For more than 90 years, CNIB has struggled to fund these services with charitable dollars. But CNIB can't afford to go it alone any longer.

Government funding is needed now, or the consequences will be dire. Isolation and an unequal playing field for Canadians who deserve better.

Help protect their right to read. Visit

Every day, Canadians who can’t read print because of vision loss must get by with just 5% of the written material they need to learn, work and participate in society.

The rest? Missing.

If we as Canadians do not address this injustice, only those who can read print will have access to publicly funded libraries that can fully meet their needs.

And the other Canadians – 800,000 people who are blind or partially sighted – will continue to be denied the right to read.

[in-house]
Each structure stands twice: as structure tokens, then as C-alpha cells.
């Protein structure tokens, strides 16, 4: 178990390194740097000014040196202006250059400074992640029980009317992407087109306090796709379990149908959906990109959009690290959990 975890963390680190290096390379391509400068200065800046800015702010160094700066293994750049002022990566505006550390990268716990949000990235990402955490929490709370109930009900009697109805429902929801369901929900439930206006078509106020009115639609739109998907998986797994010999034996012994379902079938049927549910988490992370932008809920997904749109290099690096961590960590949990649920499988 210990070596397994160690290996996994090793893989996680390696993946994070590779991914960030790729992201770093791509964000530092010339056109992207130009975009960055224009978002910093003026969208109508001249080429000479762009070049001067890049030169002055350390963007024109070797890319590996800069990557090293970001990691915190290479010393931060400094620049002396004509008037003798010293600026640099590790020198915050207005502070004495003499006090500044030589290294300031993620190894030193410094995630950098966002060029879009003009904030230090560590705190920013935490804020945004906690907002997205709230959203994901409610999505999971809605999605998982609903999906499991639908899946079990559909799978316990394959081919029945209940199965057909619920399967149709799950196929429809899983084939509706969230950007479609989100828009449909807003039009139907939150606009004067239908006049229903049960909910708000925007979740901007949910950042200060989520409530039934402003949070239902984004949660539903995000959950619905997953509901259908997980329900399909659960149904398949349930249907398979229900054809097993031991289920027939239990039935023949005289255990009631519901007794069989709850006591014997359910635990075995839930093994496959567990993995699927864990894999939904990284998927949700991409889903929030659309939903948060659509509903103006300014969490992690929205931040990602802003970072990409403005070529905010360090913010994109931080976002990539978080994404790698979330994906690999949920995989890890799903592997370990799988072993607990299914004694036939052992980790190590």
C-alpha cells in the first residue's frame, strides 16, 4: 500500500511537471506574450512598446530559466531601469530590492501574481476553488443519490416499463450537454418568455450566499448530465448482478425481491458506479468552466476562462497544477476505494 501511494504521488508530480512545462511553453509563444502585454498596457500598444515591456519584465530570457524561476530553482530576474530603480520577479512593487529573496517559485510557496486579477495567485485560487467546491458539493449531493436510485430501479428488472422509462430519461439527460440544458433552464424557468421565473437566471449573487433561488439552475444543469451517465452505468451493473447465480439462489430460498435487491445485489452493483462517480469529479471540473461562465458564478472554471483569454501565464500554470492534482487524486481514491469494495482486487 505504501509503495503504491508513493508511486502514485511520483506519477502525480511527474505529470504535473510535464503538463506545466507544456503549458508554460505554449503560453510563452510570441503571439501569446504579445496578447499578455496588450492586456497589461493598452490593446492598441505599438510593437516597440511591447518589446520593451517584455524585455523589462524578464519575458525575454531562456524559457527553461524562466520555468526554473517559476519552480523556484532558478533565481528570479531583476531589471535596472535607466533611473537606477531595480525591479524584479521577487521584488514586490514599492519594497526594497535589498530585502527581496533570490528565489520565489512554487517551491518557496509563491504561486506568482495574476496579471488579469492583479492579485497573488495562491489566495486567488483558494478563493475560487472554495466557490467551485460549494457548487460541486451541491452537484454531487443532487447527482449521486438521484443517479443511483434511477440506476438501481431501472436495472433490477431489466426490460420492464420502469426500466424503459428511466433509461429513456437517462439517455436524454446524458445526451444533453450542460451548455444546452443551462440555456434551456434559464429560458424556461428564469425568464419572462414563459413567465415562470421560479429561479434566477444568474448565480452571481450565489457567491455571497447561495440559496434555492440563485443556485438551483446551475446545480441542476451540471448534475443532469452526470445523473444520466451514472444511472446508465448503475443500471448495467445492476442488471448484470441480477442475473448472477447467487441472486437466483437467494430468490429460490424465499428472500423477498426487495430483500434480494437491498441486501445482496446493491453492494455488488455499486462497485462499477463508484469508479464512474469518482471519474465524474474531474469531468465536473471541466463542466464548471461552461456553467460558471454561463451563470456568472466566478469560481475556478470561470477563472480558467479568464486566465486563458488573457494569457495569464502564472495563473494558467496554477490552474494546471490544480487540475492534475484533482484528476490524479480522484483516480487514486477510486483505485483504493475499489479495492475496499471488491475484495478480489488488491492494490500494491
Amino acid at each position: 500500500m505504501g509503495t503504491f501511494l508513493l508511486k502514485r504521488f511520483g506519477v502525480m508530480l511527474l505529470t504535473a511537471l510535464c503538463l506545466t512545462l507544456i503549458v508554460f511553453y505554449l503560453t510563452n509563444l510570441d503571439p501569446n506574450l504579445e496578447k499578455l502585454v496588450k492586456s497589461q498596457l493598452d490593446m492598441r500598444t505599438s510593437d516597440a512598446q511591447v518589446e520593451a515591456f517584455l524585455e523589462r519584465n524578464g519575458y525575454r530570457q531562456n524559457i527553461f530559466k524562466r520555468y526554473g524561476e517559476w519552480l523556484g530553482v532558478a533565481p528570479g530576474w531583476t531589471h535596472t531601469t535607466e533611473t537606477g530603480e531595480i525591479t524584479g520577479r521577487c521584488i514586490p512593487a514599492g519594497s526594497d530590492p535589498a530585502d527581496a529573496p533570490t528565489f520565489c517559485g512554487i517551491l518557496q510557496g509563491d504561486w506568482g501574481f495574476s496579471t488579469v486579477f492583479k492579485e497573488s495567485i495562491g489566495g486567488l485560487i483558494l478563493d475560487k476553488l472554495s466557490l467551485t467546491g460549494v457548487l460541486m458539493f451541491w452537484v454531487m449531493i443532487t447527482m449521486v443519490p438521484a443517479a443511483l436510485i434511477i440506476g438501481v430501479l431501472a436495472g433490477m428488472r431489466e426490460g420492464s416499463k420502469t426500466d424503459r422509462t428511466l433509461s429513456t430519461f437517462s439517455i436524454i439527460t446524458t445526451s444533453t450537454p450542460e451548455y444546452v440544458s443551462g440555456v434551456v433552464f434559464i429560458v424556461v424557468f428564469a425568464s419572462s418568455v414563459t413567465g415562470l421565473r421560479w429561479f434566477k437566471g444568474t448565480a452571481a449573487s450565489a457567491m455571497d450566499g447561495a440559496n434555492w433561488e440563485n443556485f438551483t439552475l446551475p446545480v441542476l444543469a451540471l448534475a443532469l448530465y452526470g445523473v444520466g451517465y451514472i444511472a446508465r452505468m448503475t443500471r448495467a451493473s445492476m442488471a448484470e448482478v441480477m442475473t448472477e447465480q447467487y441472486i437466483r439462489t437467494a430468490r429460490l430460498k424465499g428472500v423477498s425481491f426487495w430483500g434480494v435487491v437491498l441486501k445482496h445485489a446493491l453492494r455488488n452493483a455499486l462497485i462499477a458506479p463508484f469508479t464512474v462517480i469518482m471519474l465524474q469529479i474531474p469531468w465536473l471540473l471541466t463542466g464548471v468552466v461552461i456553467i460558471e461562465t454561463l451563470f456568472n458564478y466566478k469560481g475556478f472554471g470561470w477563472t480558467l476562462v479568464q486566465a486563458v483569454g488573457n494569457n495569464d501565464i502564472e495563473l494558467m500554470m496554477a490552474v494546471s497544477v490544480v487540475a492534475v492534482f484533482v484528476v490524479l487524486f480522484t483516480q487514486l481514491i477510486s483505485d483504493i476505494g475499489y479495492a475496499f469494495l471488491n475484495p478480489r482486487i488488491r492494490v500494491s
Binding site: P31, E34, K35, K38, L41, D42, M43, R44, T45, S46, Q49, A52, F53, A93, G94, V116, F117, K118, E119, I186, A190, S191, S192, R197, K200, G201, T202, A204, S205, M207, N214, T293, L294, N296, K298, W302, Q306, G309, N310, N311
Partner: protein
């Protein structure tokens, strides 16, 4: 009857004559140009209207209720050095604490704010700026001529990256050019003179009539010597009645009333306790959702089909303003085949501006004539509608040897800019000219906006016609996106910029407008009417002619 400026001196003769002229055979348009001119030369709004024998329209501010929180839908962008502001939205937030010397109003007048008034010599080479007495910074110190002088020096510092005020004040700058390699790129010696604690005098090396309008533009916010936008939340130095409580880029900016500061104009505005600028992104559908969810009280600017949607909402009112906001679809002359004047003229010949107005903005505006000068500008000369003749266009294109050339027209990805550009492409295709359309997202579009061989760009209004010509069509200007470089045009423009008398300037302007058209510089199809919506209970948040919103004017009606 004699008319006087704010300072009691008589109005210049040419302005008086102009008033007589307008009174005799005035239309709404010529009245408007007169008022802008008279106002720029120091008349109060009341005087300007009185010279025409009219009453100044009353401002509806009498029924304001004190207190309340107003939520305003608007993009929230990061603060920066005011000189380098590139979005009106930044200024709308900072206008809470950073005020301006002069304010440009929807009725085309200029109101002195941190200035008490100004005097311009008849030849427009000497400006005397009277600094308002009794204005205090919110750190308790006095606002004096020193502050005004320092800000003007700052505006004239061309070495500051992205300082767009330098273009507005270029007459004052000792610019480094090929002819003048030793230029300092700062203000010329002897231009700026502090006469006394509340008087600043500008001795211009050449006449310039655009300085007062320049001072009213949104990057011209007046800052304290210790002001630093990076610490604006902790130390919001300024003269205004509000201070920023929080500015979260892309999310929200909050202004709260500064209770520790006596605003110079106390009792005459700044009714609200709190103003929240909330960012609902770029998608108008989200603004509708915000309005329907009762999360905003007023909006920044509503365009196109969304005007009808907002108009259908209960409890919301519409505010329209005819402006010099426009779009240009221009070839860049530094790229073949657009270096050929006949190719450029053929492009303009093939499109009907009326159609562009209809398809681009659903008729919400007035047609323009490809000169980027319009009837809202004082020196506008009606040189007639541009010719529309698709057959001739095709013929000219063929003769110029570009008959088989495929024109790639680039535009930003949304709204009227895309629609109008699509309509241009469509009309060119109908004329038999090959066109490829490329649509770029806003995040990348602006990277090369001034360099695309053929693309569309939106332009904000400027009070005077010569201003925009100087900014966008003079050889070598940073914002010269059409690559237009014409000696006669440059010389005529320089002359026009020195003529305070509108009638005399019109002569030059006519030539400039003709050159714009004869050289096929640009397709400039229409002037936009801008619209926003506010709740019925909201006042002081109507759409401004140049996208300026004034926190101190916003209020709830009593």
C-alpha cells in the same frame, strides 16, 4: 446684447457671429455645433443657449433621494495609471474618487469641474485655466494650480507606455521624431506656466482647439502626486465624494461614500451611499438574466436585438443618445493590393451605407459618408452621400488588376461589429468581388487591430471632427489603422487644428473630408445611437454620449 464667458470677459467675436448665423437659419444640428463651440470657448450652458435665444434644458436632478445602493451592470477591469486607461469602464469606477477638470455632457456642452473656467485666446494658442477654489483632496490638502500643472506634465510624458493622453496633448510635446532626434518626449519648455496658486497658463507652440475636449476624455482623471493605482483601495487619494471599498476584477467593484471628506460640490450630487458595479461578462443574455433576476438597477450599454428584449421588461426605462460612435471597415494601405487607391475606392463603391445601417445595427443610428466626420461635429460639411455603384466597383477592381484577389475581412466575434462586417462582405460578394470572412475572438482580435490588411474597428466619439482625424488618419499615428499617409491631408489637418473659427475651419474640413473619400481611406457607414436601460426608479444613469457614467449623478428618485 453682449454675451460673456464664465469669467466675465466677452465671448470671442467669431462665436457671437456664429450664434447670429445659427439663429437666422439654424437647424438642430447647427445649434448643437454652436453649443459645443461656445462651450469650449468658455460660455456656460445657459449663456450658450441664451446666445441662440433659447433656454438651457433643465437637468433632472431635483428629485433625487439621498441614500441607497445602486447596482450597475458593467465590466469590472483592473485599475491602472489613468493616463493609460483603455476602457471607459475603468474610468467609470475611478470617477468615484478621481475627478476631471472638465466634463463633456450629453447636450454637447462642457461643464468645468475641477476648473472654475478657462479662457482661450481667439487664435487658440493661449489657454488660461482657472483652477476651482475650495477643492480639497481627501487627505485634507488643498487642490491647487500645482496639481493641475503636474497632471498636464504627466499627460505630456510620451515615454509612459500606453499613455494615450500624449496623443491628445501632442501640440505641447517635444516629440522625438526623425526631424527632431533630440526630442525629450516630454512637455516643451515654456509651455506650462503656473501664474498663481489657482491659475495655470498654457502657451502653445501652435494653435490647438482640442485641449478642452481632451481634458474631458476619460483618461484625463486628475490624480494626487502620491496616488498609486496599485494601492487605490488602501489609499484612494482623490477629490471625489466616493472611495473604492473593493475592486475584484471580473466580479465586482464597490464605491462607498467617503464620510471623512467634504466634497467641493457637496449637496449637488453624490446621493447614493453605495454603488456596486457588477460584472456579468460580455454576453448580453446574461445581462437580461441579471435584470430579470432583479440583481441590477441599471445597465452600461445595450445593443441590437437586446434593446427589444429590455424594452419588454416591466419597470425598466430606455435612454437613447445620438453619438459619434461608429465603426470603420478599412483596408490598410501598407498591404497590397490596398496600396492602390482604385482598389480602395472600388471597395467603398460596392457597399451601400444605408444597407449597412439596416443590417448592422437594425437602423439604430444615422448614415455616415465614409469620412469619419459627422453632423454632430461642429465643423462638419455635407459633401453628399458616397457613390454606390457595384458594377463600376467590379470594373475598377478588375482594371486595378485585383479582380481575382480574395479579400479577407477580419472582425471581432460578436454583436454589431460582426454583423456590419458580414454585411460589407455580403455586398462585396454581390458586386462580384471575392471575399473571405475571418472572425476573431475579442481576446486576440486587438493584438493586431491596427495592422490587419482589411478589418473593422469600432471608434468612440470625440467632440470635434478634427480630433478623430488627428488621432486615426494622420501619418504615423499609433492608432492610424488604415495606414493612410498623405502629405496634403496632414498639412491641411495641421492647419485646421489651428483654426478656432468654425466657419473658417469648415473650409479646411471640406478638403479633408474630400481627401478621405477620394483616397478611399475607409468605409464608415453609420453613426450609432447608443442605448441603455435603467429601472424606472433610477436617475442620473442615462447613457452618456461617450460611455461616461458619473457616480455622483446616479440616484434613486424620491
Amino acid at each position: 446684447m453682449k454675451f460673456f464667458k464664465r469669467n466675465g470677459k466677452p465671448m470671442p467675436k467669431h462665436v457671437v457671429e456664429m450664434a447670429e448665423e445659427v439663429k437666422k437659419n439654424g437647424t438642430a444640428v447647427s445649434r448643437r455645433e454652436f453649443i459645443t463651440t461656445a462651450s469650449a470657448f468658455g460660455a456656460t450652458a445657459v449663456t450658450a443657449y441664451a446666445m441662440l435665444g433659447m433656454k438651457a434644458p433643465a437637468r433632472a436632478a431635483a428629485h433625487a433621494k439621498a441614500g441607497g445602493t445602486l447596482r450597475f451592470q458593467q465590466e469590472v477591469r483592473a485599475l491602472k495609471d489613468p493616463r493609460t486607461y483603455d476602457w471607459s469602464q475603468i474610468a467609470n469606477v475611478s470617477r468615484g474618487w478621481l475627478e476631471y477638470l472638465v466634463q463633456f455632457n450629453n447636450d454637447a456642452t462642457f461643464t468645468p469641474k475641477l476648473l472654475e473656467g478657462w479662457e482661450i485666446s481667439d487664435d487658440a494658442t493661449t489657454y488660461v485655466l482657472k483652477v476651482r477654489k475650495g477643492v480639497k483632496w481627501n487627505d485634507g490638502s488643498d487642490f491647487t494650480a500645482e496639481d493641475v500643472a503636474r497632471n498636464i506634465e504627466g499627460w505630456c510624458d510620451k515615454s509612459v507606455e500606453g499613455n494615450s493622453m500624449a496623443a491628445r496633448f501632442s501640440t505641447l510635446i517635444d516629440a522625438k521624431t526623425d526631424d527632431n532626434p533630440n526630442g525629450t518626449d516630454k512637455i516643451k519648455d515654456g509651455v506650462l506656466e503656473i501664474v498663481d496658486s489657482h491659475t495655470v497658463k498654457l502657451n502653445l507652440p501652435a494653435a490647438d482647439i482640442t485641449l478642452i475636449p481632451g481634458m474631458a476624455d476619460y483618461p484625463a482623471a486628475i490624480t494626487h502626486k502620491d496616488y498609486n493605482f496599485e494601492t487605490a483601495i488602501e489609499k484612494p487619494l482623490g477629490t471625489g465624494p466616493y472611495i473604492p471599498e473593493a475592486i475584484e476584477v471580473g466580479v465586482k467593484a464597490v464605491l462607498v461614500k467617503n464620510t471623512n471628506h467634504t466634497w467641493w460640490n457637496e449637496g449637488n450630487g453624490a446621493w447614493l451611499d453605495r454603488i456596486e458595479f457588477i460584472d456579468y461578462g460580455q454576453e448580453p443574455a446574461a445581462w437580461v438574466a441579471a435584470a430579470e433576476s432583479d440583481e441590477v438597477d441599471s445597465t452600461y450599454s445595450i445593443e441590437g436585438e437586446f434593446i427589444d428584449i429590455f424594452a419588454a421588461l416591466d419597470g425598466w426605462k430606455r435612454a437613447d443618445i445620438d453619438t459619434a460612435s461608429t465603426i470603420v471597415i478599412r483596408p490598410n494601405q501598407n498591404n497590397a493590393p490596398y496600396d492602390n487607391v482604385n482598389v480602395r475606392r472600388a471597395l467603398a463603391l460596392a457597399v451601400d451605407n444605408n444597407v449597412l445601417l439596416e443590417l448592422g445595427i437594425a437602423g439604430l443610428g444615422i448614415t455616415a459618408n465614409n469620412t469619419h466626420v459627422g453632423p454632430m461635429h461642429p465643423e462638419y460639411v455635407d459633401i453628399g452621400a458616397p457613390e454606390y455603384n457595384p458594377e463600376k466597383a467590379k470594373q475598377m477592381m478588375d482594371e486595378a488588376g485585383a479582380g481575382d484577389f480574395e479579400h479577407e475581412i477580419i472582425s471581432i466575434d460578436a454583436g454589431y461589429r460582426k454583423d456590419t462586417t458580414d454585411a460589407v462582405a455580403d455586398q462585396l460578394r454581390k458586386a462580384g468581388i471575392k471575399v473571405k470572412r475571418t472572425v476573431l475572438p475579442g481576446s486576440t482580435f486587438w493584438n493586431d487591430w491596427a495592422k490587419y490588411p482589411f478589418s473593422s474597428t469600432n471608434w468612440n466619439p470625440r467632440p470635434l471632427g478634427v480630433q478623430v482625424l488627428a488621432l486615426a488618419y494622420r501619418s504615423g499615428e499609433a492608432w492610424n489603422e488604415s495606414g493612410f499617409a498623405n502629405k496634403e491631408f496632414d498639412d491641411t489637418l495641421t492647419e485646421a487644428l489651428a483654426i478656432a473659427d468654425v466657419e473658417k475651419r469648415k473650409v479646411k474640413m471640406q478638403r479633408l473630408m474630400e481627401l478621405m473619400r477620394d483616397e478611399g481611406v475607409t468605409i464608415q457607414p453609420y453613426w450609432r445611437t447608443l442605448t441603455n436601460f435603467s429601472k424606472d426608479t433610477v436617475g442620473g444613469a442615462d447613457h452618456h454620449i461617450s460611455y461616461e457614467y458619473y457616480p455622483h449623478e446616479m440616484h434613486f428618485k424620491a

CNIB provides community-based support and knowledge and a national voice to ensure Canadians who are blind or partially sighted have the confidence, skills and opportunities to fully participate in life.

With 900 employees and 10,000 volunteers working across the country, CNIB delivers programs and services that help people of all ages overcome the challenges of vision loss, increasing their independence and ability to achieve their goals.

Their advocacy efforts strive for equal access and a society inclusive of people who are blind or partially sighted. They also promote the effective prevention, diagnosis and treatment of eye disease.

For more information, please contact
Anna Bahlieda
Coordinator Volunteer Services and Development
229 Camelot Street
Thunder Bay, ON P7A 4B2

T: (807) 345-3341 Ext. 5460
F: (807) 345-0786

Toll Free 1-888-675-2468


Have a great weekend. How can you miss - you're in Winnipeg!